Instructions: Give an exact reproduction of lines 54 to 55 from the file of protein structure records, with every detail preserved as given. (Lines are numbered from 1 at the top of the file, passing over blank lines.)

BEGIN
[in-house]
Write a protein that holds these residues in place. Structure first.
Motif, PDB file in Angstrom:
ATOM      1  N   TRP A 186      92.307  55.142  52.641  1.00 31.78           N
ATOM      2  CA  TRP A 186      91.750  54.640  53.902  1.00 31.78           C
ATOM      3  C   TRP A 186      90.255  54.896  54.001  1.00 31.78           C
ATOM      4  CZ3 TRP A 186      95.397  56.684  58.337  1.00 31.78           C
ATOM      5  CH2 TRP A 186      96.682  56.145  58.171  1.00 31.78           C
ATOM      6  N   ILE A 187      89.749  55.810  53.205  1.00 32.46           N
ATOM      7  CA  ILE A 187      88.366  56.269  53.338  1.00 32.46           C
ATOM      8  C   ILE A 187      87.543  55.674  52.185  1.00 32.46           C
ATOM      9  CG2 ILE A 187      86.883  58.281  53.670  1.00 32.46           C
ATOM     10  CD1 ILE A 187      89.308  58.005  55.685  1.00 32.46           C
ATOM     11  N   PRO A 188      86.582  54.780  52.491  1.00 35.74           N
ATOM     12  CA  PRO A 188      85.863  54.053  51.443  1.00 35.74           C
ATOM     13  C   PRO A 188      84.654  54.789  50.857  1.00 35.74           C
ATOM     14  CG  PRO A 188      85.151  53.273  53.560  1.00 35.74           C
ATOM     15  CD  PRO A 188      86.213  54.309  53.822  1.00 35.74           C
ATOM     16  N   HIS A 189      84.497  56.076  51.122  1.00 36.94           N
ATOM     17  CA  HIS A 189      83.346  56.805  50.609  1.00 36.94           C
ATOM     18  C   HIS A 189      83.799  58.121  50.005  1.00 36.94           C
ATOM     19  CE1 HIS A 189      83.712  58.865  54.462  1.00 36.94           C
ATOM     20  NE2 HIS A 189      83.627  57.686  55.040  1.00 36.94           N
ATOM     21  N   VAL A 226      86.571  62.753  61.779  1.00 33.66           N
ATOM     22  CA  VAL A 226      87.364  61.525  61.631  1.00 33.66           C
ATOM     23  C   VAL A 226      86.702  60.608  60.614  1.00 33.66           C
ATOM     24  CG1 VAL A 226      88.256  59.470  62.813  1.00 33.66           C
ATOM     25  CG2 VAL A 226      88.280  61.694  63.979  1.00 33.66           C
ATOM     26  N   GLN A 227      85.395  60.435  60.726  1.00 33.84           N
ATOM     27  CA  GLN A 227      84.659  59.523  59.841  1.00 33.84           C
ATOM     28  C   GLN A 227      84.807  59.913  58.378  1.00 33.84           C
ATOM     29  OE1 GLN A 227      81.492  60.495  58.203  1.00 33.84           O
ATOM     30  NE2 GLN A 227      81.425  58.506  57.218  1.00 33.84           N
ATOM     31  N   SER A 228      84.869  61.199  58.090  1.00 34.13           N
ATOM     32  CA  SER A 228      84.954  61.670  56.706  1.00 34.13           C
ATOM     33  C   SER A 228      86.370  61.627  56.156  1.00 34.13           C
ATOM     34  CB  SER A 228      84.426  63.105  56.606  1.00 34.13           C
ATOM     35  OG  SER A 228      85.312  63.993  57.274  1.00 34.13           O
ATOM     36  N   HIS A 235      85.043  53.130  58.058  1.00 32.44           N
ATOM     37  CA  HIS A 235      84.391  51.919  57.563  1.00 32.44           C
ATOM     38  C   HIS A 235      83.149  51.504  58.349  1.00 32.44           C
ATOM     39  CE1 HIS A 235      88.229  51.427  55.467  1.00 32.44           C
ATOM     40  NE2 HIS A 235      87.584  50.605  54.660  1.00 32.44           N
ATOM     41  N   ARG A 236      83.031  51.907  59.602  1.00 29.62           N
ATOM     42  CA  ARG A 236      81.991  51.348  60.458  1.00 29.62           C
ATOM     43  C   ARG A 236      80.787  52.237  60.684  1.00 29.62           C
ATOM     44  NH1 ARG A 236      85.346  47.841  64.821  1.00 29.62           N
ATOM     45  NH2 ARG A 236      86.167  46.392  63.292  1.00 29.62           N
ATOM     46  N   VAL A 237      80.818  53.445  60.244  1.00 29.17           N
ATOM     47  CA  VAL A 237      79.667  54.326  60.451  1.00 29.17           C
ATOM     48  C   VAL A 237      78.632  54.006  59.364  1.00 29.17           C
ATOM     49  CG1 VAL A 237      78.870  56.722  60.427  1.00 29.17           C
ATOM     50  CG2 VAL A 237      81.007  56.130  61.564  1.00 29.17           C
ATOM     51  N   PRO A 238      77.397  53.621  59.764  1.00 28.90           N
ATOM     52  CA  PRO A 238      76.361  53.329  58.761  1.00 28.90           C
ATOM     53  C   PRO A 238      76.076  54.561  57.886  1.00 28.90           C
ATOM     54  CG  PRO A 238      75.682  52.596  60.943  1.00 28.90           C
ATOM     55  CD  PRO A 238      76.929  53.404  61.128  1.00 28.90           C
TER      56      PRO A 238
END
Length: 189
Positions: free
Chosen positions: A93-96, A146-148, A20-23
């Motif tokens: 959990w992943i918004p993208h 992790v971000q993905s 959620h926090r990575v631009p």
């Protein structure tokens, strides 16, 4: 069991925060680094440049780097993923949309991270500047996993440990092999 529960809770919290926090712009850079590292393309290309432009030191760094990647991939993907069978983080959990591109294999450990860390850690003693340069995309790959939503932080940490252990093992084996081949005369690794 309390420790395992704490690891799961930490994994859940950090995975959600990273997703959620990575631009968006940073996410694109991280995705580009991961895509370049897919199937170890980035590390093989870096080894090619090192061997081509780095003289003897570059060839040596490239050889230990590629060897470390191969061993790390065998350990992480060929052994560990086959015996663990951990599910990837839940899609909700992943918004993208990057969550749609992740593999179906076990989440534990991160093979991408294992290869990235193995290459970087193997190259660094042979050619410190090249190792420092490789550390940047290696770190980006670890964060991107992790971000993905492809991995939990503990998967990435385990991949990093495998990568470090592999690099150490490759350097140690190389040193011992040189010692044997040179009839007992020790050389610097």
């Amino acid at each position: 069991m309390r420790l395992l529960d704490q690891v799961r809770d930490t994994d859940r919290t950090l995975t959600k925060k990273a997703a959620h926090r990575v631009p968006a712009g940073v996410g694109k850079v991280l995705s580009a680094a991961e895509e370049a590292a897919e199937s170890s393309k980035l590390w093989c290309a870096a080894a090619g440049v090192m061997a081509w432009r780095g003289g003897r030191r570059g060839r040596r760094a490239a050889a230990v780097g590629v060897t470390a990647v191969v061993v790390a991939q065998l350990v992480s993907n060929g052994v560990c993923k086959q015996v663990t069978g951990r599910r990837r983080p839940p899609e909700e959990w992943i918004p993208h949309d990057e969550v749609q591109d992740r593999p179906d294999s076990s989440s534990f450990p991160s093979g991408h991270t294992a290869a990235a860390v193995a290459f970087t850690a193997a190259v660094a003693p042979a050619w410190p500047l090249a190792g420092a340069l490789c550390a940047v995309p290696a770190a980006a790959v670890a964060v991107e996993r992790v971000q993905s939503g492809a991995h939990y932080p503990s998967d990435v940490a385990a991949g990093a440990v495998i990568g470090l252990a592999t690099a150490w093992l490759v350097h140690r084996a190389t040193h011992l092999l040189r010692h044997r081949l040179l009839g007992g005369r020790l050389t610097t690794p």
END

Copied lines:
ATOM     51  N   PRO A 238      77.397  53.621  59.764  1.00 28.90           N
ATOM     52  CA  PRO A 238      76.361  53.329  58.761  1.00 28.90           C